Additionally, SAP ERP is built on SAP NetWeaver technology. With the SAP NetWeaver 7.0 platform (see sidebar below), both ABAP and Java developers will see significant new opportunities to leverage their development skills for the SAP ERP landscape, including:

  • Enterprise SOA architecture and integrated enterprise services

  • New flexibility and possibilities for Web Dynpro interfaces for both Java and ABAP developers

  • Enhanced development tools for building composite applications

For developers, the first order of business is to become familiar with the enhancement packages at work in your SAP ERP system landscape.


SAP NetWeaver — Foundation of SAP ERP

With SAP NetWeaver 7.0 as the technology platform for SAP ERP 6.0, ERP customers can benefit from functional features, such as access — through the portal capabilities of SAP NetWeaver — to applications such as self- services, structured BI reports, and unstructured content, including KM folders and collaboration capabilities.

SAP NetWeaver allows SAP to more quickly deliver innovation to its install base, and — for developers — supports the use of enterprise services to decouple composite and core processes. It also provides the switch framework, which allows customers to flexibly choose what functionality to adopt.

SAP NetWeaver, the foundation of SAP ERP, is based on an architecture in which the Java and ABAP stacks are loosely coupled. On the ABAP side, some innovative offerings we'll discuss in this article are the support for the Web Dynpro paradigm embedded in the tools of the ABAP Workbench, as well as the switch and enhancement framework.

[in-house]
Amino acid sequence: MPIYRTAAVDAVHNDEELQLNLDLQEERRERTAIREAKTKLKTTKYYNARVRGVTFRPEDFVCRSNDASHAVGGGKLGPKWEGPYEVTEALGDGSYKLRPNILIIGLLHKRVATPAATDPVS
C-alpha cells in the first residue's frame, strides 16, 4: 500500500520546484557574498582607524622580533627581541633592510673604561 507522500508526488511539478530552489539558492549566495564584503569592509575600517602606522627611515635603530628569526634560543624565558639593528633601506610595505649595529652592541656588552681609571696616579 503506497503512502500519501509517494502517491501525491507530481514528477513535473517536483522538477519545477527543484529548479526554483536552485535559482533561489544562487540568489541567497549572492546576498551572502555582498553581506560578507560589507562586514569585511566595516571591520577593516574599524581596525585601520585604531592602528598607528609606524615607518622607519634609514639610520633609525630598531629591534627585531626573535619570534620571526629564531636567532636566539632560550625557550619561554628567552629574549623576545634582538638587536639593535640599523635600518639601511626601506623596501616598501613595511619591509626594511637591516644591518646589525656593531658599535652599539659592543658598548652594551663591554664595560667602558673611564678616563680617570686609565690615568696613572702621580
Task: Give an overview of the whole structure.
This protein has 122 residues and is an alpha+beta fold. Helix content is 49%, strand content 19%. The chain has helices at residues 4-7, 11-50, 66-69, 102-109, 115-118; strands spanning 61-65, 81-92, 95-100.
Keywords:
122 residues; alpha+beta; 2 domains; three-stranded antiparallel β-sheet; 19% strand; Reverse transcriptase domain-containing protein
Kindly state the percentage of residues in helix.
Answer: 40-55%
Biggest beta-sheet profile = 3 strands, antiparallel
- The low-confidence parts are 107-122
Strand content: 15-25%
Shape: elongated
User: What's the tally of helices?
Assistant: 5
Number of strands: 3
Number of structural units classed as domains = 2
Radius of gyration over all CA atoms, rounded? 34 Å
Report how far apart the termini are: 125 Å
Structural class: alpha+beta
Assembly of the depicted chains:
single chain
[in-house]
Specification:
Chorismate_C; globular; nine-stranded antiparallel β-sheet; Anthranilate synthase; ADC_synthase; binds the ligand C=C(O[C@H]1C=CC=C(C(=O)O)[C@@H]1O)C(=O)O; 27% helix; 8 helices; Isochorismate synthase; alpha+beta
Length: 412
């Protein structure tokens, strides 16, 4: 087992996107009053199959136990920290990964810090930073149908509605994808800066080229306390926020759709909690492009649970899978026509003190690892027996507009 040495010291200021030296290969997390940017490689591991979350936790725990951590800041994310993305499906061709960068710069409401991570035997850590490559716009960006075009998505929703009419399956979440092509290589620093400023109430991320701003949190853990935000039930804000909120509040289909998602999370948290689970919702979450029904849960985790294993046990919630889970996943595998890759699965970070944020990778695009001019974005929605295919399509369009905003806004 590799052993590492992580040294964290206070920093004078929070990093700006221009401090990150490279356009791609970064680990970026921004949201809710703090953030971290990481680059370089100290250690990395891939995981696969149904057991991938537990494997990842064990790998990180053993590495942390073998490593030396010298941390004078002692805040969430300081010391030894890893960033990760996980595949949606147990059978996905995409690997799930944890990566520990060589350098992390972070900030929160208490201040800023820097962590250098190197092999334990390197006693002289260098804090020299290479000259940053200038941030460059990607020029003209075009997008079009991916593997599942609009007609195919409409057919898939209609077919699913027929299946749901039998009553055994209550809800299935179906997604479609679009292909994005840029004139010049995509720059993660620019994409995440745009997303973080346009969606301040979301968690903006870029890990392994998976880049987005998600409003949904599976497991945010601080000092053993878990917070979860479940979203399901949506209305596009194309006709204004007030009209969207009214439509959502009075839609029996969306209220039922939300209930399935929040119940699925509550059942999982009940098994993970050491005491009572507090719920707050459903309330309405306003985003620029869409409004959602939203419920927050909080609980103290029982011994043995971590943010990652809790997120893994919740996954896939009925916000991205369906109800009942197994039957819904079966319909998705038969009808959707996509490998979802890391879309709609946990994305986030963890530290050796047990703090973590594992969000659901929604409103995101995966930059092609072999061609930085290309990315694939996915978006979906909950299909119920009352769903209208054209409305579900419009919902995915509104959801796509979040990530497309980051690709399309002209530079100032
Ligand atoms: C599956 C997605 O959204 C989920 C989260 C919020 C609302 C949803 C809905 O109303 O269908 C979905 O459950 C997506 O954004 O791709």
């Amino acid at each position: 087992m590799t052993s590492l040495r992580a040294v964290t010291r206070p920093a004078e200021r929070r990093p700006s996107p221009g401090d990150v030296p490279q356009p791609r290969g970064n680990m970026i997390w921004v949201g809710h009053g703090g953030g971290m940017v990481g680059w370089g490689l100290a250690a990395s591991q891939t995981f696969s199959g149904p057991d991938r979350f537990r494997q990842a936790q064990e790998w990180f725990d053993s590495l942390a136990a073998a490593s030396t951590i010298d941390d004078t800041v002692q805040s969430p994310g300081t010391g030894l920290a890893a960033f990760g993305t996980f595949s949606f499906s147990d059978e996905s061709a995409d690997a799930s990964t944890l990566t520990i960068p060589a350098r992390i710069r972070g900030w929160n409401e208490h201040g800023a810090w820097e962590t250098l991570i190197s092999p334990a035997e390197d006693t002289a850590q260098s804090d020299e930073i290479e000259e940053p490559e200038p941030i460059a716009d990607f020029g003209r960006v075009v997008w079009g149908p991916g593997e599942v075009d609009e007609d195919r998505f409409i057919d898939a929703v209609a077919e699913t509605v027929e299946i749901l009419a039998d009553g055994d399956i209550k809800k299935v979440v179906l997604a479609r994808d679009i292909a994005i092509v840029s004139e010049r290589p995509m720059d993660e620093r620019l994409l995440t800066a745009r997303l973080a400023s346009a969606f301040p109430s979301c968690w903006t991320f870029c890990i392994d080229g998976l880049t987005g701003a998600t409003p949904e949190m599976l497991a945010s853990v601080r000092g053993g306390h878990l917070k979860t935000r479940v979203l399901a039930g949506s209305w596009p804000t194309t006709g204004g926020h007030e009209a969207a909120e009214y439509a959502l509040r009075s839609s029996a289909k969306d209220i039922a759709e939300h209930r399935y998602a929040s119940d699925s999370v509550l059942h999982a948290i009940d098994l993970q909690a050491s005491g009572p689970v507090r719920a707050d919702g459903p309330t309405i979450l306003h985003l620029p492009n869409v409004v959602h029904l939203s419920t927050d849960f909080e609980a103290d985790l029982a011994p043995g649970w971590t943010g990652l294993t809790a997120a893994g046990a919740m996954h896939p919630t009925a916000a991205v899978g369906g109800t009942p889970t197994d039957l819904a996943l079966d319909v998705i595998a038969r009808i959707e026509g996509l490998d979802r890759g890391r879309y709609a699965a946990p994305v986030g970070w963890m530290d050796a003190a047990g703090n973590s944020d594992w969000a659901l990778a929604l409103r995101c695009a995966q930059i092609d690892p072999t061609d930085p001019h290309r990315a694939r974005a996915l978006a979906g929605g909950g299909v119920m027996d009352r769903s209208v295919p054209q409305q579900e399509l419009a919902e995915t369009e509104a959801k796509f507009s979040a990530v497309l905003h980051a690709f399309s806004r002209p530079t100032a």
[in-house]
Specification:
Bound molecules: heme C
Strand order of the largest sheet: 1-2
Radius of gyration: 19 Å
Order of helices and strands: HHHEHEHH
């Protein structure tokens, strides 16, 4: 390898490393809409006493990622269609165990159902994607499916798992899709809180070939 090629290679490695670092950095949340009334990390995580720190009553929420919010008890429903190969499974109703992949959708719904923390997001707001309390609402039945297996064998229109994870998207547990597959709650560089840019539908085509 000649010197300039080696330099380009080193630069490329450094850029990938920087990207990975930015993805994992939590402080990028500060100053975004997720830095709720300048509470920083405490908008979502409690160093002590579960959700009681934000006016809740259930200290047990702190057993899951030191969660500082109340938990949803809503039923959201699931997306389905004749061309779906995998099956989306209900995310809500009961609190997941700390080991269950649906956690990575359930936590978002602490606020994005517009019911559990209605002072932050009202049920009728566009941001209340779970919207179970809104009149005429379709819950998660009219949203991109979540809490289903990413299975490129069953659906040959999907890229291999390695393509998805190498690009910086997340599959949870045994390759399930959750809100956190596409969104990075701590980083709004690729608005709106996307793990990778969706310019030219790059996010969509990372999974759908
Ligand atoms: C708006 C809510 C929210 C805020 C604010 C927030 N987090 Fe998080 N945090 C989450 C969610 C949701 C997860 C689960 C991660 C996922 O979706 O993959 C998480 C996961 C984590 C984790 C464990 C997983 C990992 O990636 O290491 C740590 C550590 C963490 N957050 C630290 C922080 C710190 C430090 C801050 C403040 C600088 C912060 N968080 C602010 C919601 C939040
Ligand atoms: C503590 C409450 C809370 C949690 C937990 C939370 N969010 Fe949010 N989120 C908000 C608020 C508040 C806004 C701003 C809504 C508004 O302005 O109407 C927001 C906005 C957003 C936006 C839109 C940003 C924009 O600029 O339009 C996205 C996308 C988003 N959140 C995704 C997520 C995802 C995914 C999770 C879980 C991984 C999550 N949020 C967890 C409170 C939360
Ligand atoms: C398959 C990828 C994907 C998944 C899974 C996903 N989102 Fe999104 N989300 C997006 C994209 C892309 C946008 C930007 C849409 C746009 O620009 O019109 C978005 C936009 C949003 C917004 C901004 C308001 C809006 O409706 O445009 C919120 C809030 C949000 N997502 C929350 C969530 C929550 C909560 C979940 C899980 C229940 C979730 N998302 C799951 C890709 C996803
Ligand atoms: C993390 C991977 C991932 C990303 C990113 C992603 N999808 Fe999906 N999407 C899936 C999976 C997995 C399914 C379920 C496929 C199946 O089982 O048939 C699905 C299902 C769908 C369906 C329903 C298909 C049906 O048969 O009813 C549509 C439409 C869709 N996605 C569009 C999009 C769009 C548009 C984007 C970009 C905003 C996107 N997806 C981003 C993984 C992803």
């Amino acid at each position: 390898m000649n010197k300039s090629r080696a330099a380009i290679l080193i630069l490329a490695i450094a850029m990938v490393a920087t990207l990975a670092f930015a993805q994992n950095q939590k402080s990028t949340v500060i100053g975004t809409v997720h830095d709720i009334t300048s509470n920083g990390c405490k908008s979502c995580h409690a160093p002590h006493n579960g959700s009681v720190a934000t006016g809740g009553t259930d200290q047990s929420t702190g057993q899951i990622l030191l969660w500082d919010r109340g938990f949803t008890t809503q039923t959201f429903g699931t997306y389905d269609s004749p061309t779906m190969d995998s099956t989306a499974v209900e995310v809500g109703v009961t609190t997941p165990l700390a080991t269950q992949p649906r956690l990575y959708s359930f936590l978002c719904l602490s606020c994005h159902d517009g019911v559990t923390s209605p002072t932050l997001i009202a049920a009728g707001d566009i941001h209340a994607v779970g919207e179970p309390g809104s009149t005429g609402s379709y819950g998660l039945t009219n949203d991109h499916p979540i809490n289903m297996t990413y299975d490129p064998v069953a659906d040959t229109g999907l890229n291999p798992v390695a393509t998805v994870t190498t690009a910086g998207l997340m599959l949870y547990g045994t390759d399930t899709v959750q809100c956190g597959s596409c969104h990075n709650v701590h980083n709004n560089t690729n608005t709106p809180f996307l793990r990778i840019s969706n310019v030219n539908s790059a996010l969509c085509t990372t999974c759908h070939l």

On the Java side, SAP NetWeaver offers a sophisticated Eclipse-based development environment, which includes the Composition Environment and the Enterprise Services Workplace for a process-based approach to accessing the enterprise services that are a major focus of enhancement packages.

Enhancement Packages: The Implications for Your ERP System and Development Projects

Enhancement packages are made to run on top of the stable ERP core.2 Each enhancement package offers the option to install various components, meaning customers can decide which components and functions should be "switched" on or off. These selections are maintained as you add future packages, so you won't lose the original selected active functions when you install a new package.

Understanding how enhancement packages work is key to facilitating programming against the activated components. During implementation, certain parts of development objects may become active or may remain passive. For example:

  • A field on a screen might become active and therefore visible, ready for input

  • In the code, a certain module call related to the field might be invoked

  • In the business logic layer, implicit and explicit "enhancement points" — which indicate changes to core code or the addition of industry solutions — might be active; explicit enhancement points are typically identified using a BAdI definition

  • On the implementation side, multiple BAdI implementations might reside inside a system and, depending on the actual switch setting, any of these implementations might be active

Developers need to be aware of which components have been activated, how to check the dependencies of these functions, and how to call additional functions as needed. For this, you will continue to use the switch and enhancement framework.


Developers need to be aware of which components have been activated to run in the SAP ERP system, how to check the dependencies of these functions, and how to call additional functions as needed.